April 9, 2017

Palm Sunday

Isaiah 50: 4-9a; Psalm 31: 9-16; Philippians 2: 5-11; Matthew 26:14 – 27:66


What is left to say that has not already been said?  Jesus gave everything – his life – for us.  Was it worth it?  

Author Brennan Manning tells a story of an aged monk who would meditate every morning on the banks of the Ganges River.  One morning after finishing his meditation the monk opened his eyes to see a scorpion floating helplessly in the water.  As dangerous a creature as it was, its struggle to remain afloat was strangely beautiful.  Moved by compassion, the monk reached out his long arm to try and rescue the drowning creature.

But as soon as he touched it, the scorpion stung him.  Instinctively the monk withdrew his hand, but a minute later put his hurting hand back into the water to again try to save the scorpion from drowning.  This time the scorpion stung him so badly with his poisonous tail that his hand became swollen and bloody.

While this was going on, another person walking down the road beside the river saw the monk lying on the ground grimacing with pain.  The person walking by stopped and said “What is wrong with you?  Don’t you know you could kill yourself trying to save that ungrateful scorpion?  What’s the point?”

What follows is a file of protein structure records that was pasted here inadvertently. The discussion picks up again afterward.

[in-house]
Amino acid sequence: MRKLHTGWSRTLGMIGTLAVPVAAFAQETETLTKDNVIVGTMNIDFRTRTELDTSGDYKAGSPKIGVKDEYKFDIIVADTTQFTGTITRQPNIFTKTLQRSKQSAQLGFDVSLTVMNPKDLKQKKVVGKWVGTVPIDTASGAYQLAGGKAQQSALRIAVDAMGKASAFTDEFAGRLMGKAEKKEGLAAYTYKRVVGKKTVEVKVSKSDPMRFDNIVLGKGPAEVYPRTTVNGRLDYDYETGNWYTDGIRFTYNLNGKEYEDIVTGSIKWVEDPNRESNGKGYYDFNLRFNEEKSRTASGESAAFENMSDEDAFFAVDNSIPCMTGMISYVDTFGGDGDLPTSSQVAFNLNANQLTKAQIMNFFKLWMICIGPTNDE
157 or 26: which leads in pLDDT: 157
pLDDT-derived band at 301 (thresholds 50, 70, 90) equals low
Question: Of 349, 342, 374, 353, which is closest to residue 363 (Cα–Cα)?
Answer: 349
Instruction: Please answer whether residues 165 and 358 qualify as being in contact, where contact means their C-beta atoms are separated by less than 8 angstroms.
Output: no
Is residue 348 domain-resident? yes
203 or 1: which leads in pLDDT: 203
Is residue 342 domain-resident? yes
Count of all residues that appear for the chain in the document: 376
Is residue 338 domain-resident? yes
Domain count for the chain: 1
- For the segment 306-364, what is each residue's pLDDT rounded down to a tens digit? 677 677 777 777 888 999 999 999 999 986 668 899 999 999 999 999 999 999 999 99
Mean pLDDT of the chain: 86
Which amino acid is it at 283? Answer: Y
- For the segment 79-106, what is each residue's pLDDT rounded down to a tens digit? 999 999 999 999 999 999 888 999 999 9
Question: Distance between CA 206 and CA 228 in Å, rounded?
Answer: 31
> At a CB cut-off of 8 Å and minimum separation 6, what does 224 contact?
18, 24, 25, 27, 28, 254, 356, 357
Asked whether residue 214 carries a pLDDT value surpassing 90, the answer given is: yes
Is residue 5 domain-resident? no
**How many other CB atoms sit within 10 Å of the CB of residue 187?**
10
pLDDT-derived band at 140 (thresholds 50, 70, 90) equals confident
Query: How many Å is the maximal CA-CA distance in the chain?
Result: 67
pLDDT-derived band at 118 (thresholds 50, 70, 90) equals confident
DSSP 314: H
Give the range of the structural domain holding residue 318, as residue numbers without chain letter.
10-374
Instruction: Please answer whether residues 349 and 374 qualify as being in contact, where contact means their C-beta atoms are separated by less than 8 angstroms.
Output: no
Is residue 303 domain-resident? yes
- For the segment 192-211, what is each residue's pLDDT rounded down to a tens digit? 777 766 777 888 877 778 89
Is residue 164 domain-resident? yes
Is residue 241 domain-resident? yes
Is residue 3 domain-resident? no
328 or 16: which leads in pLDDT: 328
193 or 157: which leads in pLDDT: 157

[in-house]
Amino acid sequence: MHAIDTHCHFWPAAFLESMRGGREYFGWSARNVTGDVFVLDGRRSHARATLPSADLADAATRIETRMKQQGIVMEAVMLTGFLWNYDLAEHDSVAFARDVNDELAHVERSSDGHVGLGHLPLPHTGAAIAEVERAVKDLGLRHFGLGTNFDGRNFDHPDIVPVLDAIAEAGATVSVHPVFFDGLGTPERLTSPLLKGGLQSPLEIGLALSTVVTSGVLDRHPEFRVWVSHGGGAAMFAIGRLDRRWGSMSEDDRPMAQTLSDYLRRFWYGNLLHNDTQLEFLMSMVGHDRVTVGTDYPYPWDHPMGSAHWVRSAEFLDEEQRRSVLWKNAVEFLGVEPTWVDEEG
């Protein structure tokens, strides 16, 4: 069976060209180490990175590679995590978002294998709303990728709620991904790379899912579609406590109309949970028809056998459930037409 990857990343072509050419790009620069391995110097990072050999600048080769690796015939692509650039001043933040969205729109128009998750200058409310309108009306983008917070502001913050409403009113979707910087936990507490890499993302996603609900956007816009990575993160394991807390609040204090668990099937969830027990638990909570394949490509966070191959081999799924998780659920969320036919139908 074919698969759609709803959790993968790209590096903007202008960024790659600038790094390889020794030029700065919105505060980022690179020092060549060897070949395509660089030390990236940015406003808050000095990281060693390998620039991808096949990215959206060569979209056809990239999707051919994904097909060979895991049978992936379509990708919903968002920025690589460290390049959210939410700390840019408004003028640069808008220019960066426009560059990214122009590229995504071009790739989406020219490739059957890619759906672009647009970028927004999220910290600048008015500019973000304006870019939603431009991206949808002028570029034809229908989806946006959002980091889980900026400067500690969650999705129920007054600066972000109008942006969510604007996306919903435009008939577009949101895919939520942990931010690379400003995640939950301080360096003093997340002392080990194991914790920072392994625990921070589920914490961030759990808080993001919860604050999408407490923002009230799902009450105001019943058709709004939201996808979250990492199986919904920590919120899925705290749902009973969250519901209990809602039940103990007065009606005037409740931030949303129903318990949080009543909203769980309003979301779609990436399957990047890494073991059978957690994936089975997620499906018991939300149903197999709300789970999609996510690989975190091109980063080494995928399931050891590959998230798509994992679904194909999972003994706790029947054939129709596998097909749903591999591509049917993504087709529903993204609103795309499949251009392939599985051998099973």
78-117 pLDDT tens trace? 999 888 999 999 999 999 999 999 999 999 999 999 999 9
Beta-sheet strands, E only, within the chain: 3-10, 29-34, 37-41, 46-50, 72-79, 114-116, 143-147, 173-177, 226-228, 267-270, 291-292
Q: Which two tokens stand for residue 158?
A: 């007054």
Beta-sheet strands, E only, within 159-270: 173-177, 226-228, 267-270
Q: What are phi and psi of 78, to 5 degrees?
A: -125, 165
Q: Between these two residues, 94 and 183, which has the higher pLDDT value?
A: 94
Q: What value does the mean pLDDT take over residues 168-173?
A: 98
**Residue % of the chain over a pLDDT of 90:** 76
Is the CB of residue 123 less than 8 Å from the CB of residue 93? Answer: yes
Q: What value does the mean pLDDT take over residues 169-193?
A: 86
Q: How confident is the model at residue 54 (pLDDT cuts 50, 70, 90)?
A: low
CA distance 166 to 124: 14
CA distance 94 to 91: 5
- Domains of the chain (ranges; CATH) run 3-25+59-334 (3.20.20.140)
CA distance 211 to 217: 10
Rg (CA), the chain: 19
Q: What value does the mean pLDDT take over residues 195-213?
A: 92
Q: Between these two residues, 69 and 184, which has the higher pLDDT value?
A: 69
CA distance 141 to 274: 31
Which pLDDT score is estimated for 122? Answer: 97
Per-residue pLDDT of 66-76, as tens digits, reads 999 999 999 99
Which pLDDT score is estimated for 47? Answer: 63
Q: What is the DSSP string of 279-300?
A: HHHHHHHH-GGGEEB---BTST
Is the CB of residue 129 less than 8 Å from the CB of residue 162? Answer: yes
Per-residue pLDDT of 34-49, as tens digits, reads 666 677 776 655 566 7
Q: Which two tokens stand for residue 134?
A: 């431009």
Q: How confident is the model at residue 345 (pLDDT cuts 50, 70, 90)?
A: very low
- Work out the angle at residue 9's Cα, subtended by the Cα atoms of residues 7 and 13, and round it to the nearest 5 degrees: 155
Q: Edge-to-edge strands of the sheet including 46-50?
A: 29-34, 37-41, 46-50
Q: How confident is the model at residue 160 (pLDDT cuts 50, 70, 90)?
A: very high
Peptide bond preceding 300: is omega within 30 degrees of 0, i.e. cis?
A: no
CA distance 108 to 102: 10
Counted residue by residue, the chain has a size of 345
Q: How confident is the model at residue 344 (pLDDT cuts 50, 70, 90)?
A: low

The monk turned his head toward the person and said, “My friend, just because it is the scorpion’s nature to sting, that does not change my nature to save.” 

It is in God’s nature to save – everything, I believe.  Everything that God has created, every person, everything, I believe will be saved.  Like a scorpion we might try to sting that hand trying to save us, but while others give up on us God does not.

That is what Holy Week is all about – the limit God travels to save every one of us, no matter how many times we have stung others with our thoughts, words, or actions.  The power of Holy Week, is that there is nothing a person can do that is outside the possibility for God’s forgiveness.  Sin becomes nothing more but another opportunity for God to forgive.

This morning a news alert appeared on my phone that two Coptic Christian churches near Cairo, Egypt were bombed during their Palm Sunday services.  At least thirty six people were killed. We mourn and pray for them today.  And as we do so, we are faced with a terrifying proposition.  Is it possible for God to reach out his or her hand to the perpetrator of those crimes – the person who murdered all those people – to forgive?  Would the same God who freely went to the cross, and forgave those crucifying him, have the same capacity to forgive today, a person with an agenda of religiously motivated hatred?

  If you have heard the Gospel today, then you already know the answer.  AMEN.